Sex and the older Chilean woman
GLORIA directed by Sebastián Lelio, written by Lelio and Gonzalo Maza, with Paulina García and Sergio Hernández. 109 minutes. Subtitled. A Mongrel release. Opens Friday (February 14). For venues and times, see Movies. Rating: NNNN
Paulina García is superb in this portrait of a smart 50-something Chilean, divorced for over 12 years and yearning for sex and adventure.
When Gloria meets Rodolfo (Sergio Hernández) at a club for middle-aged singles and begins a relationship, she has to decide whether she’s willing to settle for half measures.
The Santiago singles clubs will feel achingly familiar to those who frequent such places, no matter where you are or how old.
And anyone past the age of 40 who’s re-entered the dating scene knows that every so-called candidate carries some heavy personal baggage. A central theme of the film is how past relationships and offspring who remain very present impinge on a person’s ability to connect. Rodolfo’s ringing cellphone is a consistent buzz kill.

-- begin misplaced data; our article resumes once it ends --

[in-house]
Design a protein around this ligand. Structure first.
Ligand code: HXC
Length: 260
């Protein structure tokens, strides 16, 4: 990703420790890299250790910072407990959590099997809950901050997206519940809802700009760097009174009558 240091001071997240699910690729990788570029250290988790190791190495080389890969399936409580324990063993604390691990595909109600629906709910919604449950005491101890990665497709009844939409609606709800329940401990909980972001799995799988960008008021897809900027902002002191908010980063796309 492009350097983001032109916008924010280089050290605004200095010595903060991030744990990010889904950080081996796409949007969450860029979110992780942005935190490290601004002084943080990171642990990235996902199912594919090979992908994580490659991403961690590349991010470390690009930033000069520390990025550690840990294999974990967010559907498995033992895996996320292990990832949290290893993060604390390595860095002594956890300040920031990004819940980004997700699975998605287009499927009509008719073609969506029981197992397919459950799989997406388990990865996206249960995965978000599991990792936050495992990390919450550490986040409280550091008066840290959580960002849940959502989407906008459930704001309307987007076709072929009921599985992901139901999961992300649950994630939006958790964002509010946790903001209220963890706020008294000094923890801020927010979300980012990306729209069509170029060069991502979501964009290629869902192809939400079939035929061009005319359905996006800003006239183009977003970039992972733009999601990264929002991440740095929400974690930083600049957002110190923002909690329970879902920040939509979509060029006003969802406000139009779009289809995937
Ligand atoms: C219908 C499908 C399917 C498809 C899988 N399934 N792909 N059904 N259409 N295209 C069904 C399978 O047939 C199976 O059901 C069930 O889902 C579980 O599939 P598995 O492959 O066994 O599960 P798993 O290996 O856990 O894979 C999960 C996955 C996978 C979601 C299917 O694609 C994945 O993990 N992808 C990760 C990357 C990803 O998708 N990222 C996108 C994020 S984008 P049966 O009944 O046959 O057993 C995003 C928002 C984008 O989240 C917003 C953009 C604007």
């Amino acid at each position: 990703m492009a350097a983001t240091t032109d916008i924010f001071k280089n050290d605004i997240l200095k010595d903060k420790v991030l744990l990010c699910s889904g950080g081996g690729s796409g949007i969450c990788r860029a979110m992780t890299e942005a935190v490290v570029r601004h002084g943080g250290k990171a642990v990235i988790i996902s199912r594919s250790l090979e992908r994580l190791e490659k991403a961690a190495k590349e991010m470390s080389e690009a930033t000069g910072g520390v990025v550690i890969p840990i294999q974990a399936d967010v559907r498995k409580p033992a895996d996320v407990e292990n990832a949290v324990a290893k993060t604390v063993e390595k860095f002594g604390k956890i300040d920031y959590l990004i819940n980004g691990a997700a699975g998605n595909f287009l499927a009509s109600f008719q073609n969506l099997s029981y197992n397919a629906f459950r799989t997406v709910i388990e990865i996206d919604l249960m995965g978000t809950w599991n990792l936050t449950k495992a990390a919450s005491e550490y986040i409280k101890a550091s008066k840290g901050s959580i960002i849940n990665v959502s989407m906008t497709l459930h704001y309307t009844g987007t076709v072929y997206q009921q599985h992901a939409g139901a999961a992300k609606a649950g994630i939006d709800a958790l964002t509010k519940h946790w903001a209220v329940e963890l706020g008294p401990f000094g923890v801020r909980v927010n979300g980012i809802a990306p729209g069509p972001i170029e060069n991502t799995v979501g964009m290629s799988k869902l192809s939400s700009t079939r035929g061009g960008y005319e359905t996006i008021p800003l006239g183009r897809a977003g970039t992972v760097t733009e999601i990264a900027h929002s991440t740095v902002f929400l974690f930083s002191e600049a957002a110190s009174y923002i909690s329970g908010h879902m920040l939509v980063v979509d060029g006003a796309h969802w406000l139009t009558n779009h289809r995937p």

That’s one of the elements that makes the pic relatable. The other is the way director and co-writer Sebastián Lelio presents these family situations. They’re never bathed in melodrama, but demonstrate in ordinary ways how her self-centred family members can’t recognize that Gloria’s a vibrant, intelligent woman worthy of anyone’s attention, be it theirs or that of a romantic partner.
García won a richly deserved best-actress prize at the Berlin Film Festival as the vivacious and decidedly not vain woman coping with frustration. But as essential as her performance is the film’s unflinching portrayal of sex between aging partners. Skin sags Rodolfo wears a girdle belt, a necessity after weight-loss surgery. How many times have you seen that?
This kind of candid glimpse of middle-aged sexuality is so rare in movies, it takes your breath away.
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